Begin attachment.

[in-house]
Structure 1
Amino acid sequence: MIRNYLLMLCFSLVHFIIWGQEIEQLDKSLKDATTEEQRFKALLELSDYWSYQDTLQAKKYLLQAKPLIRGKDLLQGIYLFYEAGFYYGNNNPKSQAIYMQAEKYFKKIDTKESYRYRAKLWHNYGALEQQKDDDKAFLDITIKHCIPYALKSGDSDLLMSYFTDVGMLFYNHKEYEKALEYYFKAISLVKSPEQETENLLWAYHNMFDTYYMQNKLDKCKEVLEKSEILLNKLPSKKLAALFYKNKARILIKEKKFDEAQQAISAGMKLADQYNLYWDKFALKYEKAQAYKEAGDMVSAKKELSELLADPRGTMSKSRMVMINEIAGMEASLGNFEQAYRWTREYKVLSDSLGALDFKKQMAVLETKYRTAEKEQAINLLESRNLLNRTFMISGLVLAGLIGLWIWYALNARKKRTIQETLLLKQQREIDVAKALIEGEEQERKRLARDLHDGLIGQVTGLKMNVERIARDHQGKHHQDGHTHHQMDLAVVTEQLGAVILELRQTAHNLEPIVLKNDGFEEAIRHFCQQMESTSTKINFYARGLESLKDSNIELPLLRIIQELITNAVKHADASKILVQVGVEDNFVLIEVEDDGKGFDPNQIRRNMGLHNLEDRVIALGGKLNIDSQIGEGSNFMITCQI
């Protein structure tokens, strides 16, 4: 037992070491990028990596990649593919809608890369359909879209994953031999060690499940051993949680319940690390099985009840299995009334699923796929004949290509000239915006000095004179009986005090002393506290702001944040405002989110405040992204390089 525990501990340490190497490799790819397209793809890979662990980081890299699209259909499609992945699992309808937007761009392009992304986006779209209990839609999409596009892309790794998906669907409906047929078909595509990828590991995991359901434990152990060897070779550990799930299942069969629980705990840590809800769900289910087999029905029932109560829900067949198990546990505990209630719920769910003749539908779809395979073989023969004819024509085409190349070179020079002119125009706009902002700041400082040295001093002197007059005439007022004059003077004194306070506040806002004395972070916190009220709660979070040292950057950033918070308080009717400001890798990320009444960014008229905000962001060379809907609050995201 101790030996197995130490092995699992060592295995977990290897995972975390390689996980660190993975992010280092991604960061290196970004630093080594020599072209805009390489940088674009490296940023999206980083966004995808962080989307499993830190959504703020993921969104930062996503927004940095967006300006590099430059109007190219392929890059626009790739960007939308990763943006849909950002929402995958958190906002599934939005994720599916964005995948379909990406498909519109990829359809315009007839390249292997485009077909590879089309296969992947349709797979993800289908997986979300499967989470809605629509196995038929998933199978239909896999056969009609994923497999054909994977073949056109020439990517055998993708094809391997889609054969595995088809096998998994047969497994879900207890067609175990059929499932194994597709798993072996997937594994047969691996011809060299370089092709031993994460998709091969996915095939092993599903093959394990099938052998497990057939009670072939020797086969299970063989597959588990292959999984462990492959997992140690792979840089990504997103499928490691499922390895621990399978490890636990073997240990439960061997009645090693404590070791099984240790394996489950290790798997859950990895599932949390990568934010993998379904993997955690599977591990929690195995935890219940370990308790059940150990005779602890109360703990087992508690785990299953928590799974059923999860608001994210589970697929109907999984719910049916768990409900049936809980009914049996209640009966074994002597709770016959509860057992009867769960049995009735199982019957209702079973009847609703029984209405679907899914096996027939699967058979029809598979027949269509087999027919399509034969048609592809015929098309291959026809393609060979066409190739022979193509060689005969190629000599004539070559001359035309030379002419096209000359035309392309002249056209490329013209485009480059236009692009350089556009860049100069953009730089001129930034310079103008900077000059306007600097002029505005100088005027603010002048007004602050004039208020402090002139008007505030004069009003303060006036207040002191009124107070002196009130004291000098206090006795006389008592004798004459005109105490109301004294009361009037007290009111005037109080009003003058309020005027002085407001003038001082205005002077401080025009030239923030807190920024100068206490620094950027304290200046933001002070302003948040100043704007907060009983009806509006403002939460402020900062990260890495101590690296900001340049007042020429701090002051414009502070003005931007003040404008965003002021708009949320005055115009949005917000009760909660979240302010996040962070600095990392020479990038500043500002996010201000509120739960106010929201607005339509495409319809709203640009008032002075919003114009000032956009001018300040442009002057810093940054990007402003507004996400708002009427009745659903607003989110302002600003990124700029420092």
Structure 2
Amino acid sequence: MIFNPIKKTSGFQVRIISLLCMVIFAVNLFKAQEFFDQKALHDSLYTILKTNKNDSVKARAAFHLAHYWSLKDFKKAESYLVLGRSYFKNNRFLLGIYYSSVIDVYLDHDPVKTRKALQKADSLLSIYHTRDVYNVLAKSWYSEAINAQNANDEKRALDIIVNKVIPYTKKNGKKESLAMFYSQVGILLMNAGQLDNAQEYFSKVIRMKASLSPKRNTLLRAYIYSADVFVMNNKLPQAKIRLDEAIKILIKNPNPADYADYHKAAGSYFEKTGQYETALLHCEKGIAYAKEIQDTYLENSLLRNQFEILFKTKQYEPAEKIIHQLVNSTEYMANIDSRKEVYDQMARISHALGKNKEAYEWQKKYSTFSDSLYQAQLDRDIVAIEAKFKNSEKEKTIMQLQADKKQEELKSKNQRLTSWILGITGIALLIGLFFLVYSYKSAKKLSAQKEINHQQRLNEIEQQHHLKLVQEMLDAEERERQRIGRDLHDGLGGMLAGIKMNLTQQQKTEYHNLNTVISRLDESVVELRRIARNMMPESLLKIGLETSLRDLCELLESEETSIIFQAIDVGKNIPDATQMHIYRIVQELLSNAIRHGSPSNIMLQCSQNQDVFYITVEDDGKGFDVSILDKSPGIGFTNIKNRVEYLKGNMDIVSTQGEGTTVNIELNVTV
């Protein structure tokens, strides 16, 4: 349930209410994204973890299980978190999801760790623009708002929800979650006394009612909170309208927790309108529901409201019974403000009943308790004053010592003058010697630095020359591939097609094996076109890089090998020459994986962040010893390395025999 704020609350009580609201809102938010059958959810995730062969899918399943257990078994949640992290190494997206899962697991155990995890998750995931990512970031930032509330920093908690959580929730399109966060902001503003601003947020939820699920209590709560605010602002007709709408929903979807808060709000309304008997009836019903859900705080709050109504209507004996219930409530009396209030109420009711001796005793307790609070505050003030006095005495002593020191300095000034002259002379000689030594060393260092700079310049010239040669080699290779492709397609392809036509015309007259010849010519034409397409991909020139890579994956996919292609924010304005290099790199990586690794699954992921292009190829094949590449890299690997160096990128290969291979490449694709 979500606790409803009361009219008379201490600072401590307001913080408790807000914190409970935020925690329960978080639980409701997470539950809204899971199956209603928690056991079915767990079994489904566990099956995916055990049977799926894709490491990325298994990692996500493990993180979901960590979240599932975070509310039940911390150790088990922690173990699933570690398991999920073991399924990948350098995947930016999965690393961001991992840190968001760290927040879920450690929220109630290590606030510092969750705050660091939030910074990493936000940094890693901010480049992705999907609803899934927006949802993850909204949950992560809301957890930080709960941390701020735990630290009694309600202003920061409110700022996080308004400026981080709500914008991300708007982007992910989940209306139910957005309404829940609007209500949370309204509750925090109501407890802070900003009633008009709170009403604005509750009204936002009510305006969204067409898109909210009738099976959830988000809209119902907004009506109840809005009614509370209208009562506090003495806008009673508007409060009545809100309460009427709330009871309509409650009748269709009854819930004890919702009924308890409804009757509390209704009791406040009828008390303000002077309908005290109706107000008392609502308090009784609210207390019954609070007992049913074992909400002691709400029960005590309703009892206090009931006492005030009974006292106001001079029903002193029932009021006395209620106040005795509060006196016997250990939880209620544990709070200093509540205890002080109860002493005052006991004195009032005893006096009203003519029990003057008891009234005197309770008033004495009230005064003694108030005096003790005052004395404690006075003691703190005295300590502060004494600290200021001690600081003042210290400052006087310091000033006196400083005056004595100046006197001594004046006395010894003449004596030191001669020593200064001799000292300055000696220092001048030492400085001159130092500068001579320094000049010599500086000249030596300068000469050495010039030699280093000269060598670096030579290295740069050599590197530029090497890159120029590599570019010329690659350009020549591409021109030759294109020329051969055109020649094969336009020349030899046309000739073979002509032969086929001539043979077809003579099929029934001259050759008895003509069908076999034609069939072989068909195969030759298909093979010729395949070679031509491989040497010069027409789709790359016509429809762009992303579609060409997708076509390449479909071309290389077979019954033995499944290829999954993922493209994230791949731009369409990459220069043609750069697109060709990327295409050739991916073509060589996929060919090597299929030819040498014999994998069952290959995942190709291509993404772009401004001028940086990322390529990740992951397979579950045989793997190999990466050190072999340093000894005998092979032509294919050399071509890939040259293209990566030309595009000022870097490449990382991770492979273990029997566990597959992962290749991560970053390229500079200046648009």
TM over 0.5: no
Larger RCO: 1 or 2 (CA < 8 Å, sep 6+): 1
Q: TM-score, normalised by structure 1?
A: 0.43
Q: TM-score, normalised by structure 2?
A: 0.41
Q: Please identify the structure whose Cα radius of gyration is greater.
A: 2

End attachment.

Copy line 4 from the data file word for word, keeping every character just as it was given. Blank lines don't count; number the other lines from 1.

């Protein structure tokens, strides 16, 4: 037992070491990028990596990649593919809608890369359909879209994953031999060690499940051993949680319940690390099985009840299995009334699923796929004949290509000239915006000095004179009986005090002393506290702001944040405002989110405040992204390089 525990501990340490190497490799790819397209793809890979662990980081890299699209259909499609992945699992309808937007761009392009992304986006779209209990839609999409596009892309790794998906669907409906047929078909595509990828590991995991359901434990152990060897070779550990799930299942069969629980705990840590809800769900289910087999029905029932109560829900067949198990546990505990209630719920769910003749539908779809395979073989023969004819024509085409190349070179020079002119125009706009902002700041400082040295001093002197007059005439007022004059003077004194306070506040806002004395972070916190009220709660979070040292950057950033918070308080009717400001890798990320009444960014008229905000962001060379809907609050995201 101790030996197995130490092995699992060592295995977990290897995972975390390689996980660190993975992010280092991604960061290196970004630093080594020599072209805009390489940088674009490296940023999206980083966004995808962080989307499993830190959504703020993921969104930062996503927004940095967006300006590099430059109007190219392929890059626009790739960007939308990763943006849909950002929402995958958190906002599934939005994720599916964005995948379909990406498909519109990829359809315009007839390249292997485009077909590879089309296969992947349709797979993800289908997986979300499967989470809605629509196995038929998933199978239909896999056969009609994923497999054909994977073949056109020439990517055998993708094809391997889609054969595995088809096998998994047969497994879900207890067609175990059929499932194994597709798993072996997937594994047969691996011809060299370089092709031993994460998709091969996915095939092993599903093959394990099938052998497990057939009670072939020797086969299970063989597959588990292959999984462990492959997992140690792979840089990504997103499928490691499922390895621990399978490890636990073997240990439960061997009645090693404590070791099984240790394996489950290790798997859950990895599932949390990568934010993998379904993997955690599977591990929690195995935890219940370990308790059940150990005779602890109360703990087992508690785990299953928590799974059923999860608001994210589970697929109907999984719910049916768990409900049936809980009914049996209640009966074994002597709770016959509860057992009867769960049995009735199982019957209702079973009847609703029984209405679907899914096996027939699967058979029809598979027949269509087999027919399509034969048609592809015929098309291959026809393609060979066409190739022979193509060689005969190629000599004539070559001359035309030379002419096209000359035309392309002249056209490329013209485009480059236009692009350089556009860049100069953009730089001129930034310079103008900077000059306007600097002029505005100088005027603010002048007004602050004039208020402090002139008007505030004069009003303060006036207040002191009124107070002196009130004291000098206090006795006389008592004798004459005109105490109301004294009361009037007290009111005037109080009003003058309020005027002085407001003038001082205005002077401080025009030239923030807190920024100068206490620094950027304290200046933001002070302003948040100043704007907060009983009806509006403002939460402020900062990260890495101590690296900001340049007042020429701090002051414009502070003005931007003040404008965003002021708009949320005055115009949005917000009760909660979240302010996040962070600095990392020479990038500043500002996010201000509120739960106010929201607005339509495409319809709203640009008032002075919003114009000032956009001018300040442009002057810093940054990007402003507004996400708002009427009745659903607003989110302002600003990124700029420092």